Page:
Within days of the shooting, a reporter from The Record and another from the South Bergenite filed requests for records under OPRA and the common law right of access. The Record reporter asked Lyndhurst, North Arlington, Rutherford, and the BCPD for incident or investigation reports; log book notations and activity logs; audio recordings and written transcripts, including all 9-1-1 calls; arrest reports; UFRs; dash-cam videos from Mobile Video Recorders (MVRs) in police vehicles; motor vehicle accident reports; Computer Aided Dispatch reports (CADs); Mobile Data Terminal Printouts; and all information required to be released under N.J.S.A. 47:1A-3(b). The reporter filed a similar request with the State Police later the same day.

         The South Bergenite reporter asked Lyndhurst to disclose the following documents "as they [were] created": police reports about the pursuit; UFRs; "[a]ny additional documentation" about the incident; and "[a]ny video tape" or transcript "obtained during the course of the investigation."

         The records custodians gave varied responses, which are described in the Appellate Division's decision. NJMG, supra, 441 N.J. Super, at 82-83. None of them produced any materials before plaintiff North Jersey Media Group, Inc. (NJMG) filed a complaint and order to show cause on November 3, 2014. At the time, NJMG owned The Record and the South Bergenite, among other news organizations.

         The two-count complaint named Lyndhurst, North Arlington, Rutherford, the BCPD, the State Police, and their records custodians as defendants. The complaint alleged violations of OPRA and the common law right of access. NJMG sought release of the requested records, or their review in camera, along with fees and costs pursuant to N.J.S.A. 47:1A-6.

         After NJMG filed its complaint, Rutherford and the State Police released a limited number of records. Rutherford's counsel candidly acknowledged that certain items should have been disclosed earlier. Id. at 83. Rutherford provided copies of a CAD report, property report, recordings of three phone calls from the public, recordings of radio transmissions, and three redacted investigation reports. A Vaughn index set forth reasons for the redactions. See Vaughn v. Rosen, 484 F.2d 820, 826-28 (D.C. Cir. 1973), cert, denied, 415 U.S. 977, 94 S.Ct. 1564, 39 L.Ed.2d 873 (1974).

         On December 22, 2014, the Attorney General, acting on behalf of defendants, released a recording of the original 9-1-1 call as well as redacted dispatch reports. NJMG, supra, 441 N.J. Super, at 84-85. The reports were contained within three other records from North Arlington, Lyndhurst, and the BCPD; all had been redacted and did not have the names of the officers involved. Id. at 85.

         In response to the order to show cause, the Attorney General provided certifications in December 2014 from Detective Cortney Lawrence, the lead detective in the SRT investigation, and Lieutenant Robert McGrath, a supervisor in the Division of Criminal Justice.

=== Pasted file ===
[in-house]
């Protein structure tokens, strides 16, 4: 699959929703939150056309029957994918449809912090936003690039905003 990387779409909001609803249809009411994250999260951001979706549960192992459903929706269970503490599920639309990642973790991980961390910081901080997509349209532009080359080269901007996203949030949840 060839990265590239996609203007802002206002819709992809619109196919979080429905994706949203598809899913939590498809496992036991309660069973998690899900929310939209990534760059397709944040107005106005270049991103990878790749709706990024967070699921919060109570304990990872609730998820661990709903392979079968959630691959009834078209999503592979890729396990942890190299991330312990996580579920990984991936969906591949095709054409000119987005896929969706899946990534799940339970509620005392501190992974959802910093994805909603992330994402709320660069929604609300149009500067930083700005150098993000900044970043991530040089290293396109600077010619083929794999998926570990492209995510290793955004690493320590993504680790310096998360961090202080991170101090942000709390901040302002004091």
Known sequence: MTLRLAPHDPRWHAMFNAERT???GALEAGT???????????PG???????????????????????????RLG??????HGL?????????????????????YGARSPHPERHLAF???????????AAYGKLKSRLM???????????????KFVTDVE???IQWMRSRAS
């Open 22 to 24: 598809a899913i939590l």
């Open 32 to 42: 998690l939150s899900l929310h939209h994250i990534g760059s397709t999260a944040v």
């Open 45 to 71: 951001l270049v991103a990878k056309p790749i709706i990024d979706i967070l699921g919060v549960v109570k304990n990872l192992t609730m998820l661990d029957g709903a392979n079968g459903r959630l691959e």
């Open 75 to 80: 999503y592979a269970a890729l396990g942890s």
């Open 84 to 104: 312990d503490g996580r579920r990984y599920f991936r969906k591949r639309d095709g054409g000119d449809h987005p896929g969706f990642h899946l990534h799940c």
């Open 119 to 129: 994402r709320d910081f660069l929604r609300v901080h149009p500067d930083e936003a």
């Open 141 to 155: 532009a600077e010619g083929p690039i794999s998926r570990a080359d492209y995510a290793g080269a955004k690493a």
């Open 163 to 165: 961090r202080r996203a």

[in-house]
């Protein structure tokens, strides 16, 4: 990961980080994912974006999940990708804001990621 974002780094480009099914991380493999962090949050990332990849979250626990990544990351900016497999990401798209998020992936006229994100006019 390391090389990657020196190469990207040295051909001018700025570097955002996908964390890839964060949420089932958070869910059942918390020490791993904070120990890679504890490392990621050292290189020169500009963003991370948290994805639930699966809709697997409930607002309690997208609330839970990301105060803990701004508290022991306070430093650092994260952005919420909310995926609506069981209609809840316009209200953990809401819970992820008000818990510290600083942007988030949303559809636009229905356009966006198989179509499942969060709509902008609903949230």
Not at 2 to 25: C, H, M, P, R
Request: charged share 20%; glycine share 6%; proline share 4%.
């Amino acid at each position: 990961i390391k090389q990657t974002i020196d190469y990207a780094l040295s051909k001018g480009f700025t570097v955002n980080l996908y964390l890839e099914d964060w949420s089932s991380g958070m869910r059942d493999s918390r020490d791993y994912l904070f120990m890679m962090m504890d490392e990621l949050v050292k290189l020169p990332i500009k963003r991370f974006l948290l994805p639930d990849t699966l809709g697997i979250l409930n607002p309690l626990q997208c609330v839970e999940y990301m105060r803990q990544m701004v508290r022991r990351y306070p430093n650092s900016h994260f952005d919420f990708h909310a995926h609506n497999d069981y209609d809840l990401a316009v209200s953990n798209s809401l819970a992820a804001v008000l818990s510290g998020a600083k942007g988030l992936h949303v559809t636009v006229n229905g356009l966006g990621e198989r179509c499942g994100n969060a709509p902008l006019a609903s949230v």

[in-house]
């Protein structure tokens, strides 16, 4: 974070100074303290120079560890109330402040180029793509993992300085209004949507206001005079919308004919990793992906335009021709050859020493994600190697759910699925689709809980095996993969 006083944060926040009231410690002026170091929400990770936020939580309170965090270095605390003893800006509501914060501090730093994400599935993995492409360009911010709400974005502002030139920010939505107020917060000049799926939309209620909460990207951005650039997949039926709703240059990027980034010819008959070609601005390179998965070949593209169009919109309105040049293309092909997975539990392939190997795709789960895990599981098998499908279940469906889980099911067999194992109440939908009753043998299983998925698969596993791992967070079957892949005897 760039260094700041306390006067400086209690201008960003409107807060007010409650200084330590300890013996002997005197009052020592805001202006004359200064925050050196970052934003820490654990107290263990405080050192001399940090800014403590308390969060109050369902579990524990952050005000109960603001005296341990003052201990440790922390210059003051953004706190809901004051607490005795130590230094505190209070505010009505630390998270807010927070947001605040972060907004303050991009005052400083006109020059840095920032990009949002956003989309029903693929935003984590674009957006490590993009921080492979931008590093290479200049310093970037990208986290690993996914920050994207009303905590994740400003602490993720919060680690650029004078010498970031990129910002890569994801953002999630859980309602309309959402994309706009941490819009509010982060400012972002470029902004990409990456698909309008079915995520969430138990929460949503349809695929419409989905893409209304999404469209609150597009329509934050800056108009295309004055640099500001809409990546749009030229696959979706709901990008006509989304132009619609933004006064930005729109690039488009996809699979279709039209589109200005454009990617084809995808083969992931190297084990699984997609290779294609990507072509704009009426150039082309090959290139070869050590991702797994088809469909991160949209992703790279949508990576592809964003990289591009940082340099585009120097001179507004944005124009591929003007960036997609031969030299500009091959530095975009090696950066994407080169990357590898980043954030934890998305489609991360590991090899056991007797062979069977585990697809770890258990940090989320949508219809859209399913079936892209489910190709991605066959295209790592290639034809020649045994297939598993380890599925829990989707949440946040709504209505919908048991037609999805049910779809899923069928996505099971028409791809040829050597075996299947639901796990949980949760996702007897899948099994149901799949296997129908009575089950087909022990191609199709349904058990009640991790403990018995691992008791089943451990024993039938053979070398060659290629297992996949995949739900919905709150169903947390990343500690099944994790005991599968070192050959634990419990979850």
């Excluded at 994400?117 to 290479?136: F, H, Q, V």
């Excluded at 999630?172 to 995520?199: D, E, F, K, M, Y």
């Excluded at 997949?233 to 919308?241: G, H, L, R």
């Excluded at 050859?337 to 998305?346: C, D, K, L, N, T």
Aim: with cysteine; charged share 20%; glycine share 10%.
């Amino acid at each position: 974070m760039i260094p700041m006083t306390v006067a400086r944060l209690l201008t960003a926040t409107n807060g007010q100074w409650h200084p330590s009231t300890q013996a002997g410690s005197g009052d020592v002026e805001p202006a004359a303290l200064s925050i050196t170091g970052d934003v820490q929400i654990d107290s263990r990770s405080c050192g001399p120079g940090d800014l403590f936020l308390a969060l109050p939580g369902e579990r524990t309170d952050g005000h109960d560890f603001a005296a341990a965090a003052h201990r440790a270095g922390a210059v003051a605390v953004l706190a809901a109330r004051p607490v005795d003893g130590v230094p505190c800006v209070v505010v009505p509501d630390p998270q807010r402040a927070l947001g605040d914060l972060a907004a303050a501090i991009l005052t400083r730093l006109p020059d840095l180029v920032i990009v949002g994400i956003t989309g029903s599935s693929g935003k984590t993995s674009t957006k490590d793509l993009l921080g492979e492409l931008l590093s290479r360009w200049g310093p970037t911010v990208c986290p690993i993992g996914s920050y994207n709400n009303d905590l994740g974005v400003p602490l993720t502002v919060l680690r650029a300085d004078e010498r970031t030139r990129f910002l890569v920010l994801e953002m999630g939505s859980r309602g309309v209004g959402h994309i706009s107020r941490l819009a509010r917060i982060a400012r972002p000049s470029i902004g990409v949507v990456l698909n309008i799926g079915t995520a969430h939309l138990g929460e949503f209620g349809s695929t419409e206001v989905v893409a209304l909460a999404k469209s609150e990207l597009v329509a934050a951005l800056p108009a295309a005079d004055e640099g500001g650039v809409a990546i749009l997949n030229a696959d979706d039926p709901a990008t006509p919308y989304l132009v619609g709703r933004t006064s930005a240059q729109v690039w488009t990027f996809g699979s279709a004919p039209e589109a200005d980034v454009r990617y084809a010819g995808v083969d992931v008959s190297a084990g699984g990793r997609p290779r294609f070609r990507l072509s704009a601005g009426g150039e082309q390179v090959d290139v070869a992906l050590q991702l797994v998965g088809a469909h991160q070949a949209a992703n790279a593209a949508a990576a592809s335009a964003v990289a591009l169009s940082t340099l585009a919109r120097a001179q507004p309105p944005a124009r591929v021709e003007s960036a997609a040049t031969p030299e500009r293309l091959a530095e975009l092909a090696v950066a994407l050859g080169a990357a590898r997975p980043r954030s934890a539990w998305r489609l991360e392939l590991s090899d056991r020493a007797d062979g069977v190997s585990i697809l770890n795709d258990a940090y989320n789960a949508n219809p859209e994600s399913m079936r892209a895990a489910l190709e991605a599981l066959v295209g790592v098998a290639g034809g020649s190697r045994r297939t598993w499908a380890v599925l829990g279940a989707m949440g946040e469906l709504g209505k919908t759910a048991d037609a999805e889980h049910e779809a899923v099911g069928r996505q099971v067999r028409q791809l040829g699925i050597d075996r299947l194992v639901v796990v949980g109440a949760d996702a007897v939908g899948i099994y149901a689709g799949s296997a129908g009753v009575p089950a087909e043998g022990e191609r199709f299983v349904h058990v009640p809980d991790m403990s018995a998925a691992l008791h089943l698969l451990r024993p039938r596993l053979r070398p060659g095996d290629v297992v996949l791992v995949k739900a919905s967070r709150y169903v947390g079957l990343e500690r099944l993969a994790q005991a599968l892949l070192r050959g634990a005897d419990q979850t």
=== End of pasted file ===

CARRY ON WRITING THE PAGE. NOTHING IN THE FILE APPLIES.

Detective Lawrence represented that the SRT assumed control once the shooting took place, and that the investigations into both the shooting and Bynes's conduct were ongoing. Detective Lawrence claimed that all records after the initial 9-1-1 call were the "products" of an open criminal investigation.

         Lieutenant McGrath explained the Attorney General's Directive and use of force policy. He certified that when the SRT completed its ongoing investigation, the matter would likely be presented to a state grand jury. Aside from the 9-1-1 recording and CAD reports relating to it, Lieutenant McGrath asserted that the release of "any of the other requested records . . . would irrevocably compromise the ongoing investigation" and "corrupt the independent recollections of witnesses." He also offered to disclose "case-specific examples" -- under seal and ex parte -- of how "the integrity of the ongoing investigation" would be threatened by additional disclosures.

         II.

         As background for the sections that follow, we discuss the State's Open Public Records Act, N.J.S.A. 47:1A-1 to -13, at this point.

         OPRA succinctly sets forth the State's policy in favor of broad access to public records: (1) "government records shall be readily accessible for inspection, copying, or examination by the citizens of this State, with certain exceptions, for the protection of the public interest, " N.J.S.A. 47:1A-1; (2) "any limitations on the right of access . . . shall be construed in favor of the public's right of access, " ibid.; and (3) public agencies "shall have the burden of proving that the denial of access is authorized by law, " N.J.S.A. 47:1A-6.

         Under that framework, "government records" -- which are defined broadly in N.J.S.A. 47:1A-1.1 -- are subject to disclosure unless a public agency can demonstrate that an exemption applies. To justify non-disclosure, the agency must make a "clear showing" that one of the law's listed exemptions is applicable. Asbury Park Press v. Ocean Cty. Prosecutor's Office, 374 N.J.Super. 312, 329 (Law Div. 2004) . That approach serves the statute's aim "to maximize public knowledge about public affairs in order to ensure an informed citizenry and to minimize the evils inherent ...